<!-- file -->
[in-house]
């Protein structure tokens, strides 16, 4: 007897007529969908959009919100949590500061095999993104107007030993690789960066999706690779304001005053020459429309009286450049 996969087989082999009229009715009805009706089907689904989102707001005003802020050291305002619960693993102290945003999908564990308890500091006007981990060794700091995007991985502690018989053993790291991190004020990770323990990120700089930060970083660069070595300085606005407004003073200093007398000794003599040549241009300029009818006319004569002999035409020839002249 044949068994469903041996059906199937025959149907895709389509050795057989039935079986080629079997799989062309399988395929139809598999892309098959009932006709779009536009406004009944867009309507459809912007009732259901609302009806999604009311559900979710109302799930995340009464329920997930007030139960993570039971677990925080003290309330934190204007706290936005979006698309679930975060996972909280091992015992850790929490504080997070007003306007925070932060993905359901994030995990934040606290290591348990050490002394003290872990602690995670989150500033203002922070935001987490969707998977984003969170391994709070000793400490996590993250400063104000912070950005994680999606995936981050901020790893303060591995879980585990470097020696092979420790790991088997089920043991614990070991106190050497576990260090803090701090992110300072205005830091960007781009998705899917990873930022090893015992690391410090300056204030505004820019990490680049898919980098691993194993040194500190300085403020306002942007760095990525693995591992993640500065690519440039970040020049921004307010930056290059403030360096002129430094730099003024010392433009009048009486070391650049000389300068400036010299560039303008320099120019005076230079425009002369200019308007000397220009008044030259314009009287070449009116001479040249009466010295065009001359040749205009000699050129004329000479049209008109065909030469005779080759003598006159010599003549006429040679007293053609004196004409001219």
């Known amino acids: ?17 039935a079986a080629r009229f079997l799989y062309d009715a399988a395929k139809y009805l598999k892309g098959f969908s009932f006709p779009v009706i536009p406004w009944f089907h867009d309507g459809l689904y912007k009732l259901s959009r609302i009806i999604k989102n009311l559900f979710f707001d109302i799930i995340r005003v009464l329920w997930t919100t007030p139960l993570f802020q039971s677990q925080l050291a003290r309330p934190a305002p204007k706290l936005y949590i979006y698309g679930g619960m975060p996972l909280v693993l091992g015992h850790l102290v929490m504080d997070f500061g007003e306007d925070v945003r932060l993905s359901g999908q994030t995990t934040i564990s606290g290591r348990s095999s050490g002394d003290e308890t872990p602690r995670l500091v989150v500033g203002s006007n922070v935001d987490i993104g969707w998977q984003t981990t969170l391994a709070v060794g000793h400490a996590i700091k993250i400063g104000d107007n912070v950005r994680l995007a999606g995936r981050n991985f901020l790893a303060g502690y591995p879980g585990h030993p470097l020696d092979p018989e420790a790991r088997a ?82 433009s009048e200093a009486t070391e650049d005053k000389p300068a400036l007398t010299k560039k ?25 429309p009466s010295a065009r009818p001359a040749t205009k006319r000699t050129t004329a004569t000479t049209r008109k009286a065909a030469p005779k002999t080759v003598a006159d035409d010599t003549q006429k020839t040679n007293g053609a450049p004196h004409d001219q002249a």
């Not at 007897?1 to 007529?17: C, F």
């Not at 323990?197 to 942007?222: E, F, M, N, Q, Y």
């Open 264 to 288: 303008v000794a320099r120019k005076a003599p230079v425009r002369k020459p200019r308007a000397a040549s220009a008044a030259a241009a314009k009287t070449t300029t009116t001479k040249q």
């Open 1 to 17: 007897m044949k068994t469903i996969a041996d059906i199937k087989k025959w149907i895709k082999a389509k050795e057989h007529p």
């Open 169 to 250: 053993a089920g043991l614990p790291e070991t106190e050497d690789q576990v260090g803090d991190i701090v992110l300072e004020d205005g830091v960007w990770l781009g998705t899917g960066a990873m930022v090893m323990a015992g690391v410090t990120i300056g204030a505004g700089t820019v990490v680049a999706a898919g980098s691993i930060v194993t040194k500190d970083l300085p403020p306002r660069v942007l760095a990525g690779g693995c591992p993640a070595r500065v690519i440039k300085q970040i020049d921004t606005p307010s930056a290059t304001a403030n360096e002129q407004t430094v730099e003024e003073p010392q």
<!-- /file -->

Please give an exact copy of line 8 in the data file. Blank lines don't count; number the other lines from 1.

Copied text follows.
């Open 169 to 250: 053993a089920g043991l614990p790291e070991t106190e050497d690789q576990v260090g803090d991190i701090v992110l300072e004020d205005g830091v960007w990770l781009g998705t899917g960066a990873m930022v090893m323990a015992g690391v410090t990120i300056g204030a505004g700089t820019v990490v680049a999706a898919g980098s691993i930060v194993t040194k500190d970083l300085p403020p306002r660069v942007l760095a990525g690779g693995c591992p993640a070595r500065v690519i440039k300085q970040i020049d921004t606005p307010s930056a290059t304001a403030n360096e002129q407004t430094v730099e003024e003073p010392q």